Moreover, when going grocery shopping, Antonio explains that many supermarkets nearby were closed, which meant he was unable to carry out this daily task autonomously. “I had to rely on other friends, family or volunteers to go shopping. There has been no strategy to cover the basic needs of persons with disabilities”, he regrets.

Barriers in securing an income

The loss of employment or lack of means of securing an income has been a challenge for many persons with disabilities. “Many have lost their jobs or got their working hours reduced. People have not received compensation or government allocations. What happens to those without savings? Basic needs can’t even be covered”, says Antonio. He explains that more people have demanded the help of his organisation and the desperation was evident. There has also been an increase of the demand to obtain food from charity canteens. Moreover, the lack of accessible means of obtaining government assistance has made the process even harder.

Marisa was part of a trade union and was in need of information and counselling. She feels that people are generally more nervous and impatient. “My case was discarded as unimportant. I had to leave the trade union. This made me have a panic attack”, she says. “Trade unions are not inclusive of deaf and hard of hearing persons, I end up fighting for my labour rights on my own”, she says. Her son has also lost his job.

Barriers in accessing medical assistance

Marisa explains that it gives her anxiety to think that if she was to get sick, she would not receive medical attention as hospitals are only focusing on COVID-19 patients. “I had an appointment with my psychiatrist in March and it was moved to the end of June, to be held online. He thinks I exaggerate or fake my anxiety”, she says. “Women with disabilities, especially us with psychosocial disabilities, face multiple discrimination. We are discarded as crazy or hysteric”, adds Marisa. Moreover, she is not sure if she will ever be able to work again as her medical condition has gotten worse and she’s waiting to see a doctor, but all appointments have been cancelled.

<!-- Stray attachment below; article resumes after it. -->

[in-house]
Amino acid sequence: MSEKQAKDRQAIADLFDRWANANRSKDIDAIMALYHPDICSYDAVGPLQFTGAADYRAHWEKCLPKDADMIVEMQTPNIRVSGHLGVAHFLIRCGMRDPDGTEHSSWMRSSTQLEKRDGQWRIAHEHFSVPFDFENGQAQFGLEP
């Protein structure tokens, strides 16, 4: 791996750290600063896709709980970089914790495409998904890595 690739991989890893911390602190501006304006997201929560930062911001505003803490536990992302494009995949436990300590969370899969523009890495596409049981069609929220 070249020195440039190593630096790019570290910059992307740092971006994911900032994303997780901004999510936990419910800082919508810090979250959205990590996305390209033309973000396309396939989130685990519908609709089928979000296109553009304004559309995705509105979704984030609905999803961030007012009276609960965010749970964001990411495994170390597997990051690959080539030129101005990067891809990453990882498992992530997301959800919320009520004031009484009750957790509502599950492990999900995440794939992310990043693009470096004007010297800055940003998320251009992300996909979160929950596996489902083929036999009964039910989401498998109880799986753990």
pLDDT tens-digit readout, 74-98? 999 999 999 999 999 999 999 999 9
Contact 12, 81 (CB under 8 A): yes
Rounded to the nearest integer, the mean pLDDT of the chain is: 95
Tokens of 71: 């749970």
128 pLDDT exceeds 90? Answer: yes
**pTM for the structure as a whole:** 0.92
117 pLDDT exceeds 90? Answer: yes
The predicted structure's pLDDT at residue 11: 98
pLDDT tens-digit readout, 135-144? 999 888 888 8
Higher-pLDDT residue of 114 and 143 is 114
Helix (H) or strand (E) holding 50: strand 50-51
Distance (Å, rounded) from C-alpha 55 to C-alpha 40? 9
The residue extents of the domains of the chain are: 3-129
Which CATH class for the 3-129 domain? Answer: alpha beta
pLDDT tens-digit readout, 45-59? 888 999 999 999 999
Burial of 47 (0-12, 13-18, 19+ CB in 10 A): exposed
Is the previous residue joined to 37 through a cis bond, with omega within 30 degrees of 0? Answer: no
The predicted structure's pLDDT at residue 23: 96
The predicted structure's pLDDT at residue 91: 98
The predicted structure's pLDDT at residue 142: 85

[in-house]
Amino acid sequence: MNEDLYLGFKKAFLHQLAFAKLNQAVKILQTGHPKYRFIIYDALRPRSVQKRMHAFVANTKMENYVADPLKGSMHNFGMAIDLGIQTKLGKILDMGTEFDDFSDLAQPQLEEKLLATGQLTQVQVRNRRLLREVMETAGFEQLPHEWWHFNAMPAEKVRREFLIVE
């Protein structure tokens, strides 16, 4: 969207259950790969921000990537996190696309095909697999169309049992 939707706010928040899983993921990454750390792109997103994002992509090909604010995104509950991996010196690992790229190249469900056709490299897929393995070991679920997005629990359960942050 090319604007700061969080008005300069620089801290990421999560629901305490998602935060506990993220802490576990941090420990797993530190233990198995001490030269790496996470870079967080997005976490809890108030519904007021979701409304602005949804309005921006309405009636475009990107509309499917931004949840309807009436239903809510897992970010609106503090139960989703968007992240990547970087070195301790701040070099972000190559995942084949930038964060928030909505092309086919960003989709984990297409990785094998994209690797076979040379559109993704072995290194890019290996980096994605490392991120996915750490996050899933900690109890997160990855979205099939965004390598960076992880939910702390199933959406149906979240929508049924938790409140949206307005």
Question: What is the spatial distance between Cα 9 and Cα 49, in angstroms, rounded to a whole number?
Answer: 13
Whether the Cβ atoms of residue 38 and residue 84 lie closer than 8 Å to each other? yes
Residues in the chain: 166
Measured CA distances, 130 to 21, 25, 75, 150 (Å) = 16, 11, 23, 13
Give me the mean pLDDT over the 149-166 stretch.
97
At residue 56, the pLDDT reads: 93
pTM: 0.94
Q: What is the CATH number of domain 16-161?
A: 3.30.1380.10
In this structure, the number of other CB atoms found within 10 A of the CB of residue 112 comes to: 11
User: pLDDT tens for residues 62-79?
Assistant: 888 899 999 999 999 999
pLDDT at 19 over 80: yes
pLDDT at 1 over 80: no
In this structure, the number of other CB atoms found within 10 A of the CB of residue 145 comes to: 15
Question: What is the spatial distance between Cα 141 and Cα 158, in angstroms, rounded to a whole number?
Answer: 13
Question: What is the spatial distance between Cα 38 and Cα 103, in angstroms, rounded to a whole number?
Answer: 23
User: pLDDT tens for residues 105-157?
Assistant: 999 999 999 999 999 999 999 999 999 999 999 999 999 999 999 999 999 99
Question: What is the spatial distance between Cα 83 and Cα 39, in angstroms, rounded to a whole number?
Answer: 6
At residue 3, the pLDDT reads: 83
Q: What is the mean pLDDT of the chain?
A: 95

Antonio also highlights the barriers faced by deaf and hard of hearing persons. “There have been no assistance for this particular group and interpreters were not available at medical centers”, he says. Antonio’s organisation has had to provide assistance to persons with a hearing and also psychosocial disability. “I had to interpret at the best of my availability for a deaf person, when requesting telemedicine. Doctors were hardly ever on time for the phone appointment and we wasted entire mornings waiting for the phone to ring”, he says. Antonio explains that communication over the phone is difficult and instructions are not always clear and concise. “Staff use complicated language and medical terms, which means many persons are unable to access medical assistance without help”, he says. “The fact that people cannot go in person results in other accessibility issues and obliges persons with disabilities to rely on other people and make use of their time”, he says.

“When talking about inclusion and persons with disabilities should be prioritized, especially if we have chronic illnesses or mental health issues. We cannot be left behind”, says Marisa.